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Alabama begins study on legal sports betting, gambling

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Although the Alabama Legislature’s odds of passing legal sports betting or a gambling expansion are virtually slim to none this year, it appears state lawmakers are now at least taking a serious look at the issue.

Gov. Kay Ivey signed Executive Order 719 back on February 14, establishing the Study Group for Gambling Policy to research the impact of allowing sports betting in Alabama, as well as potential lottery and casino gambling expansions.

“I am committed to, once and for all, getting the facts so that the people of Alabama can make an informed decision on what has been a hotly debated topic for many years,” Ivey said in the press release. “Without a doubt, there will be ramifications if we eventually expand gaming options in our state just as there are costs associated with doing nothing.”

The 12-member committee—made up of volunteers who agreed to sign a pledge to follow the Alabama ethics law and serve without compensation for their expenses—will gather relevant data and information to assist both lawmakers and residents make an informed decision on whether to legalize sports betting or any other form of gambling.

“The specific data they gather will hopefully lead us all to making a better, more informed decision,” Ivey said. “Ultimately, I believe the final say belongs to the people of Alabama. As their governor, I want them to be fully informed of all the facts so that, together, we can make the best decision possible.”

Passing any bill related to sports betting or gambling is unlikely to happen during Alabama’s 2020 legislative session, which began on February 4 and ends May 4.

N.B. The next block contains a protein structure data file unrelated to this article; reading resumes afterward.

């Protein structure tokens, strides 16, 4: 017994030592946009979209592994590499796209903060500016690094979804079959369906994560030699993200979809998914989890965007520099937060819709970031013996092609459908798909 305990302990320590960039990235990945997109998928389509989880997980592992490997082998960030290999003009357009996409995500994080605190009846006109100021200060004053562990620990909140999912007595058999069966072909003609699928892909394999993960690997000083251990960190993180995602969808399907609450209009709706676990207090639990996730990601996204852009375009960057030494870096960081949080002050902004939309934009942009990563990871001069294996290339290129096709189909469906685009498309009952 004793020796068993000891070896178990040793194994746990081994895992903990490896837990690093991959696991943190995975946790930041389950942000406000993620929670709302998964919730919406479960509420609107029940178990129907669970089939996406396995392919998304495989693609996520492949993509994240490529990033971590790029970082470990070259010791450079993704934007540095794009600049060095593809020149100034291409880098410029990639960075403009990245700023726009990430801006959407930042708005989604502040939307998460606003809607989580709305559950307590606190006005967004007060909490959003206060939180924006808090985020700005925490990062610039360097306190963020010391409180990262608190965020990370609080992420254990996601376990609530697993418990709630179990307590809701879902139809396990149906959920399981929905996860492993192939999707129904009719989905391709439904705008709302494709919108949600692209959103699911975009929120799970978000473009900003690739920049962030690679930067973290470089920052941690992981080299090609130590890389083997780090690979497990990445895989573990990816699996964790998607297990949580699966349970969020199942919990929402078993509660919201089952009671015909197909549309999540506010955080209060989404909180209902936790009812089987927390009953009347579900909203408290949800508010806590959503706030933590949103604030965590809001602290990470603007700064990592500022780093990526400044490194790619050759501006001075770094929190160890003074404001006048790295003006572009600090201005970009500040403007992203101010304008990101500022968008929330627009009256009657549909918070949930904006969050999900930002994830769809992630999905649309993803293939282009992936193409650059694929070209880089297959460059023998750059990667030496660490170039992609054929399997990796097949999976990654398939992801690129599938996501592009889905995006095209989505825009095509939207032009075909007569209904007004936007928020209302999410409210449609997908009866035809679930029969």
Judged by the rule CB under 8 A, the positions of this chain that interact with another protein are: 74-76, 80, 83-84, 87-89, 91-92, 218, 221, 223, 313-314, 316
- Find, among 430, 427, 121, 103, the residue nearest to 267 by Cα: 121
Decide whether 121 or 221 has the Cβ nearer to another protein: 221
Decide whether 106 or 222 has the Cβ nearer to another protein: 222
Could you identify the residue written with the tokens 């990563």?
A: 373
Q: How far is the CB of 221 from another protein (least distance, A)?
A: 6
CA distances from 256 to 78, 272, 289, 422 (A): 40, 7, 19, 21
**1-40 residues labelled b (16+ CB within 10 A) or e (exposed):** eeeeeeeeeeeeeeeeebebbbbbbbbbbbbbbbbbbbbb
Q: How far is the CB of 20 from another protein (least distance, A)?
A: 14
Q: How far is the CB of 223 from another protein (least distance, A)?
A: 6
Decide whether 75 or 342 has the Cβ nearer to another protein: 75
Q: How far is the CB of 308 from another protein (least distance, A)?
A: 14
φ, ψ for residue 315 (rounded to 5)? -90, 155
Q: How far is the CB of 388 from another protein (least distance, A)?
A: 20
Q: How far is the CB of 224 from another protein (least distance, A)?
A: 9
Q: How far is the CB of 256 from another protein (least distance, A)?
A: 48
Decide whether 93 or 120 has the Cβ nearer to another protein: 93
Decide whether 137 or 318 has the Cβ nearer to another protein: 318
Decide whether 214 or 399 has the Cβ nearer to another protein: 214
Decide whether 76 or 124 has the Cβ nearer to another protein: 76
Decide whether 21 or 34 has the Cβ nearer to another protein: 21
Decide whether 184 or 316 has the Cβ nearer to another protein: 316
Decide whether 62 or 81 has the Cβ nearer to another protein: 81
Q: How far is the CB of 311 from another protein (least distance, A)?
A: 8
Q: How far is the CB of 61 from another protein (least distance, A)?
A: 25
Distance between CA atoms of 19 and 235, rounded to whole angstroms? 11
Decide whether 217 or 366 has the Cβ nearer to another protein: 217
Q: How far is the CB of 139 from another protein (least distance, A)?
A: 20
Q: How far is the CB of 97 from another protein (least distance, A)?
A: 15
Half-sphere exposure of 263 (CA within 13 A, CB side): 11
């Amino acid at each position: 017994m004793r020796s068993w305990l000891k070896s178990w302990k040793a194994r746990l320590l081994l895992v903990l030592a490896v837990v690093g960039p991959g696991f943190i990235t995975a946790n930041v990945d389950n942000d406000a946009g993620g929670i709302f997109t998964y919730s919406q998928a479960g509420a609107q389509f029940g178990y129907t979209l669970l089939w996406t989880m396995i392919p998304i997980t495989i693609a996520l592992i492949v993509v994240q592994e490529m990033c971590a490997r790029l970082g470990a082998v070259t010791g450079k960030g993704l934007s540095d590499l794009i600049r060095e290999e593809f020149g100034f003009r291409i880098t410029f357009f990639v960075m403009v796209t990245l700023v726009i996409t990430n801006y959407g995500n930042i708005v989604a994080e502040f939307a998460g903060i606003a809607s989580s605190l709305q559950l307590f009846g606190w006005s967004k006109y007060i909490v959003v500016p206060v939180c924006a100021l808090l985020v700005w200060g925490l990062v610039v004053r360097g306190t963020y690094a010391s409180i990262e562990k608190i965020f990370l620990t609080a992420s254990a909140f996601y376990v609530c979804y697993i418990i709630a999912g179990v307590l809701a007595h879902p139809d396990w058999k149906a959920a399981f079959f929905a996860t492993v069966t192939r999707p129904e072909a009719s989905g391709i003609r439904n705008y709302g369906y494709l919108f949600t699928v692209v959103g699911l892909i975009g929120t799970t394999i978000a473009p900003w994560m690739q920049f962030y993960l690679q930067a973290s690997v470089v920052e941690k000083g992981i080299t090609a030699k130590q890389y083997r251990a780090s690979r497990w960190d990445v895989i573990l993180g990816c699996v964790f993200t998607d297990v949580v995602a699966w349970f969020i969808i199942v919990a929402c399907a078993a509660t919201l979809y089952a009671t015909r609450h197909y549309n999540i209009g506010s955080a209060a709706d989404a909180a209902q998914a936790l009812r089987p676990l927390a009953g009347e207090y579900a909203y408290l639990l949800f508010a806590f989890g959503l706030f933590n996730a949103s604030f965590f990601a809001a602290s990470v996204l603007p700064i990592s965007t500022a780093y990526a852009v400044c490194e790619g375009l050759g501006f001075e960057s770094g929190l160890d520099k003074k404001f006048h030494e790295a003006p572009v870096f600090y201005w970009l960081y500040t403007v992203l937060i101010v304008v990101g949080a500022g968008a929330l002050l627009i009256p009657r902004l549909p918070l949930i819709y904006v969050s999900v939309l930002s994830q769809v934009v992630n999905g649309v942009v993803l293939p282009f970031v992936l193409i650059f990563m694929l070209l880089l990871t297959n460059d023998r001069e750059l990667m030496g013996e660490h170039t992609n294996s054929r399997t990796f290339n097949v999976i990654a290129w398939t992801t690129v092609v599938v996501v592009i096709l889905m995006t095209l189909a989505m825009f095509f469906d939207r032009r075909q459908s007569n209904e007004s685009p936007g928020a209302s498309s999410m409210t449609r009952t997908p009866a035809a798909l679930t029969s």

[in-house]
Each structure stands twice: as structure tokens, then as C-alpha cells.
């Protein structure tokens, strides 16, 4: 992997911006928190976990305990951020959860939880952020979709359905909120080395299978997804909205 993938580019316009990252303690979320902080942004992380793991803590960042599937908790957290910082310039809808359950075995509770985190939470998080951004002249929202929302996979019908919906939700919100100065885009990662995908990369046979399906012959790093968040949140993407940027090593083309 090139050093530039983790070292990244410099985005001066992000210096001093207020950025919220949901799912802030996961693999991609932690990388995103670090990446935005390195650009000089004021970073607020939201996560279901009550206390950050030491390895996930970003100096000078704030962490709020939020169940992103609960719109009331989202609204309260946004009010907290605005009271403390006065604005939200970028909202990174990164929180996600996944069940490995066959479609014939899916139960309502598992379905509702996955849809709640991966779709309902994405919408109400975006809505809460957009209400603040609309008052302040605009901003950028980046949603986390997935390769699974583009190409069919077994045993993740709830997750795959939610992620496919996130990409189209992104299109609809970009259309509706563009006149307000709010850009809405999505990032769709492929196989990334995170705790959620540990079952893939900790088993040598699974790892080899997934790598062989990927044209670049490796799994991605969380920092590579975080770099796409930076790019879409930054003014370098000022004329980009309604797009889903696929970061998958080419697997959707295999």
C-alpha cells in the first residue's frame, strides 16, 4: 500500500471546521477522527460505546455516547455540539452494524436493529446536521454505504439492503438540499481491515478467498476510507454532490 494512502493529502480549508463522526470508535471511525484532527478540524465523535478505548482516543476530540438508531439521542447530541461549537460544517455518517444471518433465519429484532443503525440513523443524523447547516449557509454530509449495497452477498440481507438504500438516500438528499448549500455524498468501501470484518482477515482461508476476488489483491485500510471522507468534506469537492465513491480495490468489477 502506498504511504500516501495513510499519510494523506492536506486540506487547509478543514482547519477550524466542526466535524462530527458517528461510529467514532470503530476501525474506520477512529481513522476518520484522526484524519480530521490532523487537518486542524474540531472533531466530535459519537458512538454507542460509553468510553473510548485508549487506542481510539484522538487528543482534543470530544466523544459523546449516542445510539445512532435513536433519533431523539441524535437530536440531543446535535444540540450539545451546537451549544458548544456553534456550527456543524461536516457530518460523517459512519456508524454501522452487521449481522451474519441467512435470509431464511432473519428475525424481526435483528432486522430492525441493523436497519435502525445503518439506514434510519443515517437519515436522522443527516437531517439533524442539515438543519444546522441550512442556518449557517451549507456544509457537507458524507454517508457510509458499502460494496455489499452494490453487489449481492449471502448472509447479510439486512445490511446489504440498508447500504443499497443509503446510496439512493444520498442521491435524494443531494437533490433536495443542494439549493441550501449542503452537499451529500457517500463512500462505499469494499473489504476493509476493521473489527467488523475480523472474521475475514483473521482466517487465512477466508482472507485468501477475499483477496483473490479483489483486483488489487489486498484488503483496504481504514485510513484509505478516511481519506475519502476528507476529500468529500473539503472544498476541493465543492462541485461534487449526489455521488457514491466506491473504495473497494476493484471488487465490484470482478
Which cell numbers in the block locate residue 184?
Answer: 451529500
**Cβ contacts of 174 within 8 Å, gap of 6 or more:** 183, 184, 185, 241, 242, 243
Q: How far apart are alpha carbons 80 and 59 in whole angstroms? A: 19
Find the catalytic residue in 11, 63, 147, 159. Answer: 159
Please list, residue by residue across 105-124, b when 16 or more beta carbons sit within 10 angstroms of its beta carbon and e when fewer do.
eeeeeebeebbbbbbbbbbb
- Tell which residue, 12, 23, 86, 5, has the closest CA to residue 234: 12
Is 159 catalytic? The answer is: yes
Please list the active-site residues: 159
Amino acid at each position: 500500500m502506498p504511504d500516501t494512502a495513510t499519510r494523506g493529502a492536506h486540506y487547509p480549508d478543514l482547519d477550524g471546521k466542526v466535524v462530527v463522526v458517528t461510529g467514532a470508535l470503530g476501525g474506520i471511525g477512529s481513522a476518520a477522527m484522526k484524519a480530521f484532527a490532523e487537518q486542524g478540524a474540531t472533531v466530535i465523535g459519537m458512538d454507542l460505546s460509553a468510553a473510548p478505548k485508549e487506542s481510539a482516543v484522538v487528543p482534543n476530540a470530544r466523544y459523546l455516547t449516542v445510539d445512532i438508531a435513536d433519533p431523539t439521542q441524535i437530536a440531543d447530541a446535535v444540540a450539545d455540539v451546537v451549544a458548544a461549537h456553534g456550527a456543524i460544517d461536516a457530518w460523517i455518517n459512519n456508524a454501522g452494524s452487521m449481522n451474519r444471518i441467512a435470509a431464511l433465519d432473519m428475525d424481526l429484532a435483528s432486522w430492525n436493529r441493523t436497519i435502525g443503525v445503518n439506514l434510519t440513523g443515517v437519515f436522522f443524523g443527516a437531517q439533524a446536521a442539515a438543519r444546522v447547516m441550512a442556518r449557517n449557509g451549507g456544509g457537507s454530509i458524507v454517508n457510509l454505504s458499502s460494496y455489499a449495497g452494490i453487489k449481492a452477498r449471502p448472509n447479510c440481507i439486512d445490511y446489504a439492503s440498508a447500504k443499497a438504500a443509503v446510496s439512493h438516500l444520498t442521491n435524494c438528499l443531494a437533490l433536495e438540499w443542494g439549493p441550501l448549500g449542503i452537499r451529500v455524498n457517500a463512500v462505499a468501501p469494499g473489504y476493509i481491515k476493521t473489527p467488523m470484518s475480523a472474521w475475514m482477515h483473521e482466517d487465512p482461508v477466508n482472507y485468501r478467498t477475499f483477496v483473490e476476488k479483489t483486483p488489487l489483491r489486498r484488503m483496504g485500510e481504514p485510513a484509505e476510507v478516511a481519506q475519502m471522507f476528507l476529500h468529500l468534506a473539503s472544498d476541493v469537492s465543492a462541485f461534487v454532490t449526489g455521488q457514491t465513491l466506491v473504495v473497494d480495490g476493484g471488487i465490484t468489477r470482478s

The gambling study group is required to report their findings and present their recommendations to the Alabama Legislature within the next six months, meaning a sports wagering bill likely won’t be formally introduced until 2021.

As part of her State address, Ivey asked lawmakers to pause any further action on gambling-related legislation until the study’s report is released. Currently, only HB 301 has been filed as a placeholder for a future Alabama sports betting bill.

According to the Alabama Political Reporter, public opinion is increasingly shifting toward favoring legalization as more and more residents question why other states have legal sports betting, but theirs doesn’t.

“Legislators are hearing from constituents who are asking why all of our neighboring states have lotteries and other gaming, and we don’t,” said Rep. Mac McCutcheon, the Alabama Speaker of the House.

“Public opinion is driving this train, and that is growing,” McCutcheon added.

Alabama is notorious for having some of the strictest gambling laws anywhere in the United States, and voters would need to approve a constitutional amendment before either brick-and-mortar or online sportsbooks are allowed to operate in the state.

But with other southeastern states warming up to the idea of bringing in additional tax money from sports betting revenue—which avoids raising taxes on individuals—you can bet it’s only a matter of time before AL lawmakers flip their anti-gambling stance and legalize sports betting.

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